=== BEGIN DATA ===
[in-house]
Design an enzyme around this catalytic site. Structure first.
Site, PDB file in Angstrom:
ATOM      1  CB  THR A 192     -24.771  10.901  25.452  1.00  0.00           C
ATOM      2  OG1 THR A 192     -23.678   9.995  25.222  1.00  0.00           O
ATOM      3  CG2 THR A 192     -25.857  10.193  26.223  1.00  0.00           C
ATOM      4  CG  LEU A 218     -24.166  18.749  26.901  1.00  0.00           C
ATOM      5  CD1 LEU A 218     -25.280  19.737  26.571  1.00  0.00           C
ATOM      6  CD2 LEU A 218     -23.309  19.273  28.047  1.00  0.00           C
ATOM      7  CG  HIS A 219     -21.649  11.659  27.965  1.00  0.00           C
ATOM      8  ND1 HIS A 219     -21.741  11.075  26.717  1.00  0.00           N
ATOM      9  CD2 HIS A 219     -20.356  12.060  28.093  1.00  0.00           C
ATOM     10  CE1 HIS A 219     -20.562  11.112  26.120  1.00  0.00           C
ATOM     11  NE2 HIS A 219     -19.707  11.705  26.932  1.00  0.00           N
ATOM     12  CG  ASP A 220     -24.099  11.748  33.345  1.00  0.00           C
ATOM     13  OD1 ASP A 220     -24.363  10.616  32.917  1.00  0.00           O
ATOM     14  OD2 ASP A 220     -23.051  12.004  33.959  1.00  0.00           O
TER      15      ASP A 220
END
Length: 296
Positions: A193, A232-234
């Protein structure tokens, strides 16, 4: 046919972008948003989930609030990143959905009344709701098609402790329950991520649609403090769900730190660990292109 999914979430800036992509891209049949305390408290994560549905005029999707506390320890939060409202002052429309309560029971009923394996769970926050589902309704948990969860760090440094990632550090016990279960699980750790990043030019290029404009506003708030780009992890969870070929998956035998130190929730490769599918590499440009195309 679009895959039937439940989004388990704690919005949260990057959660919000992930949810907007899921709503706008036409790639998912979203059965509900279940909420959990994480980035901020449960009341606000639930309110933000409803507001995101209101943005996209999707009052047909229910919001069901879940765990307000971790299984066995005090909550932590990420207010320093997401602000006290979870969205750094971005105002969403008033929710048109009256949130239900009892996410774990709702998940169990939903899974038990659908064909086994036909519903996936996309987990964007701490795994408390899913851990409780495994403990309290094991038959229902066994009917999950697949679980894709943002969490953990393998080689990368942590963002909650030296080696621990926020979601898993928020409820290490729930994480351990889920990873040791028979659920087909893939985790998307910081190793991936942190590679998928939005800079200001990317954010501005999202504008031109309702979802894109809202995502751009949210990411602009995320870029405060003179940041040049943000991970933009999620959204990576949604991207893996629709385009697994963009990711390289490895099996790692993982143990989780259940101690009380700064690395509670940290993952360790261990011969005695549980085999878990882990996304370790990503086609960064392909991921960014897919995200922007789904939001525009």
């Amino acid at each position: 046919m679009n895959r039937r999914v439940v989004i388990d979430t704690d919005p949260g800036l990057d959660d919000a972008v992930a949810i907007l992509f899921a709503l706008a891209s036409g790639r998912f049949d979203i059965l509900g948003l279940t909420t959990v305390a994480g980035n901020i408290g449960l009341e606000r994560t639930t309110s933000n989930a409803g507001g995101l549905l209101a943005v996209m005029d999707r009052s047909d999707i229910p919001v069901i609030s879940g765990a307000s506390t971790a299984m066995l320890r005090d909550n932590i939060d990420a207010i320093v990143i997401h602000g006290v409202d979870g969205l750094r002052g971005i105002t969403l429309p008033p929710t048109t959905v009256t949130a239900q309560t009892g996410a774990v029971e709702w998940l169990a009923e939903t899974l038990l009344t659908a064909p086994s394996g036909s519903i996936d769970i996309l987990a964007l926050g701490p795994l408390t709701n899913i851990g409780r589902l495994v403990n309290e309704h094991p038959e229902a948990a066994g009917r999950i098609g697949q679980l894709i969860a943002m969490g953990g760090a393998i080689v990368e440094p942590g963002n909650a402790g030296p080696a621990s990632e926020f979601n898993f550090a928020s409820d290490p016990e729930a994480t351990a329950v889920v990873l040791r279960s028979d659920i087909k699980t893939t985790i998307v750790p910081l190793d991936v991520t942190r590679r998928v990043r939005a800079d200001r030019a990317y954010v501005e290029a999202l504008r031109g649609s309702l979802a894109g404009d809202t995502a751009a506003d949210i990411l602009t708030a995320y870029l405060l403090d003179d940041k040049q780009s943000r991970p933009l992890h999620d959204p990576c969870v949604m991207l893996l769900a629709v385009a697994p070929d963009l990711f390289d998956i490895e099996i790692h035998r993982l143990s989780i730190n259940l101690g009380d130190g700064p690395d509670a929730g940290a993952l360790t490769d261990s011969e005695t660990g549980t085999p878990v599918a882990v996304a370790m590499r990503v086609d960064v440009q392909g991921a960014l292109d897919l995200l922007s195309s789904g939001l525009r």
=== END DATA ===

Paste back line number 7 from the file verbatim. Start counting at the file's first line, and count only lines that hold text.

ATOM      4  CG  LEU A 218     -24.166  18.749  26.901  1.00  0.00           C